Once back at the campsite we made some red curry noodles and then settled in for the night. My homemade bivy sack and fleece liner turned out to be the perfect combination for this trip. I slept mostly good considering I was lying on wood boards and got up feeling fairly fresh at 6 am. A note on gear; I made an effort to go as light and sparse as possible and wanted this trip to be a shakedown for longer trips in the future. I was able to keep everything including food and water to about 20 pounds, but what I didn't consider was the amount of space required. I used a 700 cubic inch trunk bag mounted on a seatpost rack in combination with my Deuter hydration pack and those together provided barely enough room to carry everthing for 3 days with nothing to spare. I bungied my bivy sack to the top of the trunk bag and carried a homemade pepsican stove in a pot with denatured alcohol and all cookable food in the trunk bag. The hydration pack carried water, extra clothes, and bike tools. I think for extended trips I would need to add a handlebar bag to accomodate the extra food required.

    Back on the road by 7 after oatmeal and coffee, we followed the trail through the center of Washington and around Halfmoon Pond before branching off on a fireroad that traversed the lower reaches of Lovewell Mountain before turning into a hiking trail. The trail up Lovewell is mostly hike a bike with some tough push/pull sections that require a fair amount of grunting but once at the top (2473') you are rewarded with some fantastic views and some good ridgeline riding on the way down (along with plenty of unrideable sections). Unfortunately the batteries on my GPS died at this point (33 miles), so I don't have any data past this point (other than mileage because I still have my old bike computer to log miles). At this point in the trip we had climbed 6553' of elevation (corrected). Compare this to a typical 18 miler at bear brook (park at toll booth and wind up to I-trail and back) and you have climbed about 1800'. This explained why I was really beginning to feel it (along with the heat) and seemed to be struggling abit. We had originally thought that
    the second day would be easier because we only had 18ish miles compared to the 27 we did the day before. What I failed to consider was that from Lovewell Mountain (2473') to the end at Sunapee (27something') there were 4 peaks 2500' or better with corresponding valleys in between.

    The next section crosses Washington-Bradford road (unimproved class 6) and then climbs up Kittredge Hill and maybe one more before joining up with the Bear Pond trail that comes from Pillsbury State Park. This is fantastic trail that I have done several times before from the State Park campground. All singletrack gently sloping up along the flanks of the Sunapee range, and ultimately becoming unrideable at the base of Lucia's Lookout after about 4 or 5 miles. This makes for a good loop because at the base of Lucia's Lookout you can opt to take 5 Summer's Trail back to the State Park Campground. It is a
    fast 4 or 5 miler that rips down a doubletrack road. If you ever decide to do the greenway, park your bikes here, hike up to Lucia's Lookout and check out the views and then take 5 summer's back to the campground where you can rent a site, go for a swim and get a blazing fire going while guzzling beers that you cached there before you started the trip.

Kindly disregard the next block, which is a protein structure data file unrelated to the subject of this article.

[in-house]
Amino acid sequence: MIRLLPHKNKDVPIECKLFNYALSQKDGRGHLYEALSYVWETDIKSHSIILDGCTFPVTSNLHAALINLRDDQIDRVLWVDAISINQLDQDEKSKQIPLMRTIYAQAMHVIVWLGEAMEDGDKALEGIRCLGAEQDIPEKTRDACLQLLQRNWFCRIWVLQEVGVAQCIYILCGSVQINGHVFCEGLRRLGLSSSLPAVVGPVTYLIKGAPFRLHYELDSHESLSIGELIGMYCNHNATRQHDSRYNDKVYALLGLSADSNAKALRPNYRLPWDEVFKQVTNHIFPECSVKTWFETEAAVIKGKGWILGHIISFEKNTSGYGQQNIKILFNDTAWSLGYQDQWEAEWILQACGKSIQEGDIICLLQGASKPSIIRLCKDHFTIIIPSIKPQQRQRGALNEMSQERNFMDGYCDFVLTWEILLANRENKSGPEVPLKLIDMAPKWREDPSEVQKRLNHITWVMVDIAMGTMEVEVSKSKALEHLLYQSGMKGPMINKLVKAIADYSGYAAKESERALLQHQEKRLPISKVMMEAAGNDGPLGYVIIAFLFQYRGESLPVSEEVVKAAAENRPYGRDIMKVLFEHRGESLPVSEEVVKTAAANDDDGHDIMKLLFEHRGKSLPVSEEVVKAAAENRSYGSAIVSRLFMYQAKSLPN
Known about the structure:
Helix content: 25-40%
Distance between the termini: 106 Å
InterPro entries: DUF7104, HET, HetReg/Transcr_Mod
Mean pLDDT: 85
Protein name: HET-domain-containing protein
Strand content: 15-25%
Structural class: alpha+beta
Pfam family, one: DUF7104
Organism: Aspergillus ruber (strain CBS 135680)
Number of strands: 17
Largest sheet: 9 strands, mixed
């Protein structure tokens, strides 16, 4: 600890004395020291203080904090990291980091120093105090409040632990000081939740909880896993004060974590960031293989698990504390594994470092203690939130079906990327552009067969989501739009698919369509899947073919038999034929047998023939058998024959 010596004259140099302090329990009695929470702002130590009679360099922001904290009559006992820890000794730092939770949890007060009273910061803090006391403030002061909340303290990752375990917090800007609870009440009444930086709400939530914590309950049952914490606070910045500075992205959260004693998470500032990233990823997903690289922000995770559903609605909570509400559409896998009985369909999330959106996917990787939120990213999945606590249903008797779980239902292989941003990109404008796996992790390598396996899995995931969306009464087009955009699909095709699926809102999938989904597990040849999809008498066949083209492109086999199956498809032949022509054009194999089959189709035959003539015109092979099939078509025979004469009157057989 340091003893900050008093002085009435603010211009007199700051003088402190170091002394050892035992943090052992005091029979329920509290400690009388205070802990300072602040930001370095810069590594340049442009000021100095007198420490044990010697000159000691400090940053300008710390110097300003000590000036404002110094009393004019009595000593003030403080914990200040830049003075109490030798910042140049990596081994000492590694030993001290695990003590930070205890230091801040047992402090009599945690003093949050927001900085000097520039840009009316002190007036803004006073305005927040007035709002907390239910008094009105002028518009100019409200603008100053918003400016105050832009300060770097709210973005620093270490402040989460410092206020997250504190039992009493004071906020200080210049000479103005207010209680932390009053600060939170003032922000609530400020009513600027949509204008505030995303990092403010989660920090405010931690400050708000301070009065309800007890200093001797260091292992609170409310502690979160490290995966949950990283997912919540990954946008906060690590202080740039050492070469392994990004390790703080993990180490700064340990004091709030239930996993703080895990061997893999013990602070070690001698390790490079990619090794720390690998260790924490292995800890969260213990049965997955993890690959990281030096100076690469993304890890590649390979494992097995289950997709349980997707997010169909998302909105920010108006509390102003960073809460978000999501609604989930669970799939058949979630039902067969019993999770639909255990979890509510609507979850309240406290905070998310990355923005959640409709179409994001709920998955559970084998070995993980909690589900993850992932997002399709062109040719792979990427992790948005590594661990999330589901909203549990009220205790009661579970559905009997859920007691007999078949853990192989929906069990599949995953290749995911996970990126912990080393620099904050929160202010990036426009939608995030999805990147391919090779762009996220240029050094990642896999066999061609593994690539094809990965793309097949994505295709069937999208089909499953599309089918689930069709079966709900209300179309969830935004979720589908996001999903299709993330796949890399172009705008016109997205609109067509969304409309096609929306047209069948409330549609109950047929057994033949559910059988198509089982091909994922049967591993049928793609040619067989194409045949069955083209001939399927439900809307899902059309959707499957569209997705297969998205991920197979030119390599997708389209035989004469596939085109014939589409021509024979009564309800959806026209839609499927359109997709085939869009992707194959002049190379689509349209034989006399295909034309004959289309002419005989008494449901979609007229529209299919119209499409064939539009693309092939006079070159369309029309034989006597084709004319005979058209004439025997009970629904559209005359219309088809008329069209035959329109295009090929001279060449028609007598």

Instead of that scenario, we decided that we wanted to finish the whole thing and camp either at the summit of Sunapee or somewhere else down the trail. I had never been on this section of the trail but from the looks of the topo it appeared to be a nice ridgeline ride over to Lake Solitude followed by a 400' vertical climb to the summit of Sunapee; not too bad. In reality, the topo I had (from the Greenway trail guide) has 20 meter contour intervals and the actual trail is an alternating combination of granite ledges and volkswagon sized boulders. I don't think we rode 20 feet of the last 3 miles from Lucia's Lookout to Lake Solitude and it took us close to 2 hours. To top it off, we had both run out of water and there are no streams in that area. The 90+ degree heat began to make this a dangerous situation and Mike began to show signs of heat exhaustion/stroke given that he started to complain that he was dizzy and felt like puking. Luckily we found a nasty little mud puddle with a spring upwelling and were able to filter enough water to refill our bottles
    and hydration packs, but by that time I think we were both past the point of just dehydrated and little could be done to help other than get out of the woods. We finally reached Lake Solitude and after a quick rest (or vomit in Mike's case), we decided that we would skip the climb up to the summit of Sunapee and go down Andrew Brook Trail to Newbury and civilization. At some point on this trail I managed to insert the braze-on brake boss on my chainstay into my knee. It looked alot like a mellon baller had just taken a scoop out of a honey dew (I had it looked at the next day and they were unable to stitch because of infection risk after 24 hours, but the doctor said I would have certainly received 4-6 stiches had I come in earlier). Anyway, At 9:00 pm, 14 hours after we started we finally reached the center of Newbury where we bought sodas and called for a ride home to lick our wounds. It was the toughest 18 mile 'Ride' I had ever done.